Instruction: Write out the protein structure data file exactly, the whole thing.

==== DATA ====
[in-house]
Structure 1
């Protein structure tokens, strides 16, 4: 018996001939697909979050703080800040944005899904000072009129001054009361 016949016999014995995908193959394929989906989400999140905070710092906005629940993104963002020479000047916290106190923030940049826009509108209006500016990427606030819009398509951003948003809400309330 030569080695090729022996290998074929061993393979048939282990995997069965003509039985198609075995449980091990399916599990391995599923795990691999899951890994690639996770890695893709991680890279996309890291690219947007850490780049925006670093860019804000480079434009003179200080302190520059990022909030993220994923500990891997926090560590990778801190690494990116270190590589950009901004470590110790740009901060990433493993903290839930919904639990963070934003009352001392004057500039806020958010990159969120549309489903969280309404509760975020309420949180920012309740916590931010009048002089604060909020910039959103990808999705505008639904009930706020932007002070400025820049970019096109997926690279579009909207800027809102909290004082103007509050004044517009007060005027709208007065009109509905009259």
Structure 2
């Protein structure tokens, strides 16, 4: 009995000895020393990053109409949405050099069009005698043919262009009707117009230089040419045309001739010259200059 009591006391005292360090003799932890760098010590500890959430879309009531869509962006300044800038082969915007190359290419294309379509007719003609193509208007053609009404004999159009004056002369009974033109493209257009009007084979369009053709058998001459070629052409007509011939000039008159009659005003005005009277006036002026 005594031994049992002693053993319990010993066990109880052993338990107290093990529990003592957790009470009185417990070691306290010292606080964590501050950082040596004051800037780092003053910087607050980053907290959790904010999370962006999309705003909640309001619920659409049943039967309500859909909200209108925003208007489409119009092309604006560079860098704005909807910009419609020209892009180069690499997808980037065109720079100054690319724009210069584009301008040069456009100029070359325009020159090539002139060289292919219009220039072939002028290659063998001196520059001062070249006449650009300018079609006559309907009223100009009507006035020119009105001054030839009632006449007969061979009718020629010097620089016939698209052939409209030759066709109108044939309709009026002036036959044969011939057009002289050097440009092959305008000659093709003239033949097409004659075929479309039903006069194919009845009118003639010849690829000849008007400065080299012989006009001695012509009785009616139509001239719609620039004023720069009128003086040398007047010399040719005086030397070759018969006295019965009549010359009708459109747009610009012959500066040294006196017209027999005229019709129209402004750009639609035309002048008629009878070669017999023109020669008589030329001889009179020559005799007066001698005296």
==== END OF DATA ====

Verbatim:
[in-house]
Structure 1
């Protein structure tokens, strides 16, 4: 018996001939697909979050703080800040944005899904000072009129001054009361 016949016999014995995908193959394929989906989400999140905070710092906005629940993104963002020479000047916290106190923030940049826009509108209006500016990427606030819009398509951003948003809400309330 030569080695090729022996290998074929061993393979048939282990995997069965003509039985198609075995449980091990399916599990391995599923795990691999899951890994690639996770890695893709991680890279996309890291690219947007850490780049925006670093860019804000480079434009003179200080302190520059990022909030993220994923500990891997926090560590990778801190690494990116270190590589950009901004470590110790740009901060990433493993903290839930919904639990963070934003009352001392004057500039806020958010990159969120549309489903969280309404509760975020309420949180920012309740916590931010009048002089604060909020910039959103990808999705505008639904009930706020932007002070400025820049970019096109997926690279579009909207800027809102909290004082103007509050004044517009007060005027709208007065009109509905009259």
Structure 2
């Protein structure tokens, strides 16, 4: 009995000895020393990053109409949405050099069009005698043919262009009707117009230089040419045309001739010259200059 009591006391005292360090003799932890760098010590500890959430879309009531869509962006300044800038082969915007190359290419294309379509007719003609193509208007053609009404004999159009004056002369009974033109493209257009009007084979369009053709058998001459070629052409007509011939000039008159009659005003005005009277006036002026 005594031994049992002693053993319990010993066990109880052993338990107290093990529990003592957790009470009185417990070691306290010292606080964590501050950082040596004051800037780092003053910087607050980053907290959790904010999370962006999309705003909640309001619920659409049943039967309500859909909200209108925003208007489409119009092309604006560079860098704005909807910009419609020209892009180069690499997808980037065109720079100054690319724009210069584009301008040069456009100029070359325009020159090539002139060289292919219009220039072939002028290659063998001196520059001062070249006449650009300018079609006559309907009223100009009507006035020119009105001054030839009632006449007969061979009718020629010097620089016939698209052939409209030759066709109108044939309709009026002036036959044969011939057009002289050097440009092959305008000659093709003239033949097409004659075929479309039903006069194919009845009118003639010849690829000849008007400065080299012989006009001695012509009785009616139509001239719609620039004023720069009128003086040398007047010399040719005086030397070759018969006295019965009549010359009708459109747009610009012959500066040294006196017209027999005229019709129209402004750009639609035309002048008629009878070669017999023109020669008589030329001889009179020559005799007066001698005296």